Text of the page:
College football these days can be down right offensive to watch. And that is a good thing for fans seeking entertainment.
There are eight teams at the FBS level that have already racked up 3,000 yards of offense this season and five that are averaging over 52 points per game. In 2012, it is often difficult to tell who is operating these games, offensive coordinators or 16-year-olds with a joystick.
However, in the case of Notre Dame, its coach has taken an entirely new approach to building his fourth different program and it is working magnificently.
The Fighting Irish (5-0) have climbed to seventh in the latest national rankings, one more spot and they will match their best spot in six seasons, and though their offense was powerful in Saturday's 41-3 beat down of Miami (Fla.) at Soldier Field in Chicago, there is no mistaking how this team has gotten this far this autumn.
“When I came to Notre Dame, having lived in that world of trying to outscore opponents,” Notre Dame coach Brian Kelly explained, “I felt that the best blueprint that we could put together for a national championship was through our defense.”
Good idea, coach.
As of today, Kelly's team hasn't allowed a touchdown in a month (Purdue on Sept. 8). And considering that it has faced Michigan's Denard Robinson and Miami's Stephen Morris in its last two games, that statistic is difficult to grasp.
“We have now held University of Miami, Michigan, and Michigan State to not scoring a touchdown,” Kelly said following his team's latest victory. “That's an incredible feat for our defense.”
Is this the same coach that guided Cincinnati to over 5,800 yards of offense in 2009? The same guy that has said for years that time of possession is often irrelevant.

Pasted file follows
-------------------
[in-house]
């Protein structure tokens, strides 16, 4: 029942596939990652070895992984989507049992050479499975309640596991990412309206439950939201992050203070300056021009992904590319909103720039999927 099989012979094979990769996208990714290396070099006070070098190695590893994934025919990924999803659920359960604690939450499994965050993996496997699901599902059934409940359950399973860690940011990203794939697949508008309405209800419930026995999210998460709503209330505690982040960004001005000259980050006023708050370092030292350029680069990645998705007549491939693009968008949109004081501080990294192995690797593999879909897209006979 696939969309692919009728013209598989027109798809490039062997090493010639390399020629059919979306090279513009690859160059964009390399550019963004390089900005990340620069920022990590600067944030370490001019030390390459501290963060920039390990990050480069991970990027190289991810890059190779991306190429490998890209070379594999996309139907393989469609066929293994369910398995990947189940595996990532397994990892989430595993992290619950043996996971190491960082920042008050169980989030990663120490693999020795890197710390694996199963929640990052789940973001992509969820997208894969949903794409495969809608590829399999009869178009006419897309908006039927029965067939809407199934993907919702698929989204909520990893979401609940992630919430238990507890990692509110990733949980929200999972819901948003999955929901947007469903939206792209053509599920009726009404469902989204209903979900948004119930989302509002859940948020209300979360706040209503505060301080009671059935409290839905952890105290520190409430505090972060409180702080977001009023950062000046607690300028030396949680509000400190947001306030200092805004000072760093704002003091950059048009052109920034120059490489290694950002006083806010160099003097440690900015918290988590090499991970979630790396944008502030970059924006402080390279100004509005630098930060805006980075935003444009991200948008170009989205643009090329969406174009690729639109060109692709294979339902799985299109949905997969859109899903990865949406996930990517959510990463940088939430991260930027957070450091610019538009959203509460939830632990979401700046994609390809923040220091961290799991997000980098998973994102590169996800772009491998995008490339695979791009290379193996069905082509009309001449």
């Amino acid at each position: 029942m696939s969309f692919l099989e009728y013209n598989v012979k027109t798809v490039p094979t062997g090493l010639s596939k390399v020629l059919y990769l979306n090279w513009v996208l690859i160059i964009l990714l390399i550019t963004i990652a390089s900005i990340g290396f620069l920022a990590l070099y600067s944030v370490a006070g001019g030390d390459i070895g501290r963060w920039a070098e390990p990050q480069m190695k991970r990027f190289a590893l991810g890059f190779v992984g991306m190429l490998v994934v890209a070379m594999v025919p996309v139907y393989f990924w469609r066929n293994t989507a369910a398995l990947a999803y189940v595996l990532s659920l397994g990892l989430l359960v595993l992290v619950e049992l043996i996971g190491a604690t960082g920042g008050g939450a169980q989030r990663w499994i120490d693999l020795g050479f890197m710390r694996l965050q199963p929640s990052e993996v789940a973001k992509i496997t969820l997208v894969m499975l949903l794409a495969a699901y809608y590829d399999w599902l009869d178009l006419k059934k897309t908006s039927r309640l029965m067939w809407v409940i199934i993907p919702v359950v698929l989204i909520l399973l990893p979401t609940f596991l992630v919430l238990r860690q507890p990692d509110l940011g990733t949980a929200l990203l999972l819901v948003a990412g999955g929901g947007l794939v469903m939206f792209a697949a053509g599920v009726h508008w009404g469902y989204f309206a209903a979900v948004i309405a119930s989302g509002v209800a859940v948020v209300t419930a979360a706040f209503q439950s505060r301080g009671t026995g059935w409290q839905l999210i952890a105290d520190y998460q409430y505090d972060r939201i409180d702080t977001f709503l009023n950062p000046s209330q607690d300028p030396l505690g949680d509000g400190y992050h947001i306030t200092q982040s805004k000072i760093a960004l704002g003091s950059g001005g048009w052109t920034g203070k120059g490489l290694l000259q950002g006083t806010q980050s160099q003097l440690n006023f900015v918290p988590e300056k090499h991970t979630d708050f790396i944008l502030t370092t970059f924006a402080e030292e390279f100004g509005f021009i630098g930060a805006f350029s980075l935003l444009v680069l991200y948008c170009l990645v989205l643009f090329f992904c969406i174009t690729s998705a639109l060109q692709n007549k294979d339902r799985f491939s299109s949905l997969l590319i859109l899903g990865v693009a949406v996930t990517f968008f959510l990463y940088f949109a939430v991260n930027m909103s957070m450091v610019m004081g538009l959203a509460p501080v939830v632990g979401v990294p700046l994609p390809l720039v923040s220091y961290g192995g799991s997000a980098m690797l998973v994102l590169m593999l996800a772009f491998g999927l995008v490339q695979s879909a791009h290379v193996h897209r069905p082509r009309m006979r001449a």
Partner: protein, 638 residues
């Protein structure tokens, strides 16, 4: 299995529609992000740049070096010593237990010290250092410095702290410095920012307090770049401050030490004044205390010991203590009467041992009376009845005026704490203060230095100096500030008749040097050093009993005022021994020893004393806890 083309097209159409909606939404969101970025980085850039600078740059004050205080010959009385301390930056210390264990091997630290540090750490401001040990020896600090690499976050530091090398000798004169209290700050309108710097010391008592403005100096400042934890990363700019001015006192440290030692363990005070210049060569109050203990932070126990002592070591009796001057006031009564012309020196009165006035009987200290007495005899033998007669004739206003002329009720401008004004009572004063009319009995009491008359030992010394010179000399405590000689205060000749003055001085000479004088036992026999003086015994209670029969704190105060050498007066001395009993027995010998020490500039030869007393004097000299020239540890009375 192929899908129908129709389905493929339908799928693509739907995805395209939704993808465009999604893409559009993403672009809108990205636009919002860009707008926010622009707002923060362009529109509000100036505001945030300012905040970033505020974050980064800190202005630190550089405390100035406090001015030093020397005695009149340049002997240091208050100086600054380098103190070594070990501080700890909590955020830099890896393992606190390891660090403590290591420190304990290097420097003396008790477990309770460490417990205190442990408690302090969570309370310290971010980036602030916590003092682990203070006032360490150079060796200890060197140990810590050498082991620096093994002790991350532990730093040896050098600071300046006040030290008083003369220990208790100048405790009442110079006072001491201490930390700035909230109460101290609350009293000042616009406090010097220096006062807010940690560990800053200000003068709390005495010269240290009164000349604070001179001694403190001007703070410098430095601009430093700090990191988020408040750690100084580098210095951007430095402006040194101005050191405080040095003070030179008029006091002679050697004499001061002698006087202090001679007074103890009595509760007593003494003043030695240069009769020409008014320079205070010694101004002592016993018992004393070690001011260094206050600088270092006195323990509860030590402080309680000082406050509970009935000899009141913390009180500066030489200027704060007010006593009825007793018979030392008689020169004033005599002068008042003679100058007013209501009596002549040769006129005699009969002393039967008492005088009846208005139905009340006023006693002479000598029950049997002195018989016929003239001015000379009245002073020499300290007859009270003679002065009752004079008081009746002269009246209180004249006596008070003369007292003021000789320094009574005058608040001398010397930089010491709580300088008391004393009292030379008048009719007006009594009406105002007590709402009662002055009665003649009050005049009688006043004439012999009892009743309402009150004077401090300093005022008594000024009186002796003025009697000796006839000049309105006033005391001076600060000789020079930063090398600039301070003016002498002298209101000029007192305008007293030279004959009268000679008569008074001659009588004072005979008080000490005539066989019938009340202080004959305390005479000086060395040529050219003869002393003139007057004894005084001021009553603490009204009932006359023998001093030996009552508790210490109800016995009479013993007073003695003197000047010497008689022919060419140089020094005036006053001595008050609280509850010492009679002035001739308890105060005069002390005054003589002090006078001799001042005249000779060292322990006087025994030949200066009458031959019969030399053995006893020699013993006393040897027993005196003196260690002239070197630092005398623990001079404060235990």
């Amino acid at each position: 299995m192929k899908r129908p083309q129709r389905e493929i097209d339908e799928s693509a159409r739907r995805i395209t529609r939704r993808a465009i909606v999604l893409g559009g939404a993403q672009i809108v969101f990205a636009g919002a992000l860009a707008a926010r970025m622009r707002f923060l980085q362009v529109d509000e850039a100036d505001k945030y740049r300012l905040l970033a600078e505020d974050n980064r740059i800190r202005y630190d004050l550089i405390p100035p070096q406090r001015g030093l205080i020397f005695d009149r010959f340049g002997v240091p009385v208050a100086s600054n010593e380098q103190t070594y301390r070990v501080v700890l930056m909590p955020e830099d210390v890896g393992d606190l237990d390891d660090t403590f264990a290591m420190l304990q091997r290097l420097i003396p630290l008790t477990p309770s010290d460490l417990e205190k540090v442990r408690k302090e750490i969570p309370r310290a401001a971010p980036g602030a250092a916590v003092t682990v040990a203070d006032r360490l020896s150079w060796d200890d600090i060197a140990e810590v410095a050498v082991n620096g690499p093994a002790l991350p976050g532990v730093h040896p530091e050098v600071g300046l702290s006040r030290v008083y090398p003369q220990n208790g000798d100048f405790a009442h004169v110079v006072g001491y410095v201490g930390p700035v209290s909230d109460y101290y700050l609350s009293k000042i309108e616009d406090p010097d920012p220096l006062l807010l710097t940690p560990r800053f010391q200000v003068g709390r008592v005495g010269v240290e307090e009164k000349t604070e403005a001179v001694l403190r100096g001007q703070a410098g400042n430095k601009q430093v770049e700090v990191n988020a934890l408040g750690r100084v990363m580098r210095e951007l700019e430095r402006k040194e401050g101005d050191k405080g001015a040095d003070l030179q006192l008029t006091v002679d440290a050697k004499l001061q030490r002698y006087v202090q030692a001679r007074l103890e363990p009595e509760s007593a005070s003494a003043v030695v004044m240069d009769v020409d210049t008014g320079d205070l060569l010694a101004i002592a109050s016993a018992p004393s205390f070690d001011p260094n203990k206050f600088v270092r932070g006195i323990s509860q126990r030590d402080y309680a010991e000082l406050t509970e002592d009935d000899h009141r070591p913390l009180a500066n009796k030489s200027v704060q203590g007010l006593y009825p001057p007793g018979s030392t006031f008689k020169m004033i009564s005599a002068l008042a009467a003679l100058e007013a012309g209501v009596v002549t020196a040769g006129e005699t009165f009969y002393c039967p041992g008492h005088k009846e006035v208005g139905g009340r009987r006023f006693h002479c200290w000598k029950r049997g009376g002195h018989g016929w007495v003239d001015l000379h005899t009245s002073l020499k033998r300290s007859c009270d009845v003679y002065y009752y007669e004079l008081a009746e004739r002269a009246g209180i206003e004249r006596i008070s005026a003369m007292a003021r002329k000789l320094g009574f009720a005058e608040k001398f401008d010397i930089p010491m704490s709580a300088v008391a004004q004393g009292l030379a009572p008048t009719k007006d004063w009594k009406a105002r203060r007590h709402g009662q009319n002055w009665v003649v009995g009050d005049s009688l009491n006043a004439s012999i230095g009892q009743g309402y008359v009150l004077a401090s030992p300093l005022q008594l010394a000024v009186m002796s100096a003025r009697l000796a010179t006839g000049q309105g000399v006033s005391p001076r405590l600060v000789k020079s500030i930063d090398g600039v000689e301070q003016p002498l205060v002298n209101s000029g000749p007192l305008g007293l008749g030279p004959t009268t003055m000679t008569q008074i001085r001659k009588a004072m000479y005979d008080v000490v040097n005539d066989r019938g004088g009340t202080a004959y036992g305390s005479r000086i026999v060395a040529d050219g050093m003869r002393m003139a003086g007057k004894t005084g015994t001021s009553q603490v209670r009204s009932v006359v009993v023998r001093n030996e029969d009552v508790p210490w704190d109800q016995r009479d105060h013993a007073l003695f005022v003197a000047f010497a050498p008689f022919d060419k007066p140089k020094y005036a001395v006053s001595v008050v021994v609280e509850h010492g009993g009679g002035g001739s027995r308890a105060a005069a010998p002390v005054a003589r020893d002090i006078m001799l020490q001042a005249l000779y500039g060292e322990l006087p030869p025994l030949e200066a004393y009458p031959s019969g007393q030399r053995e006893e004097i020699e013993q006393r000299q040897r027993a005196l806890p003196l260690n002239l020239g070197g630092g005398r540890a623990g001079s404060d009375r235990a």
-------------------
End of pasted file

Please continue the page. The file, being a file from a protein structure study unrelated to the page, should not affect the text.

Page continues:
And now he is emphasizing defense?
“Well, I've run an offense that had to score more points than the defense,” Kelly said. “You don't do your defense any kind of service in those kinds of games.”
Kelly explained that more often than not, a strong defense can be much more reliable than even a productive offense can be. It is a safer bet that your athletes will always show great effort in chasing, tackling and covering, even on an “off day,” than your quarterback will always be able to throw for 400 yards.
“When you play the game that way, you are susceptible to off days,” Kelly said. “And you are going to get beat.”
So far during Kelly's tenure in South Bend, he and defensive coordinator Bob Diaco have made finding the biggest and best athletes possible, then developing them into even bigger and better athletes, their highest priority and it is working.
“It's only our third year in terms of building this,” Kelly said of the defensive unit. “We've got a ways to go there. But the blueprint here is not to try and outscore people and turning it into a track meet. It's to control the line of scrimmage, play great defense, and be solid in the special teams. It's just the way that I want our program to evolve.”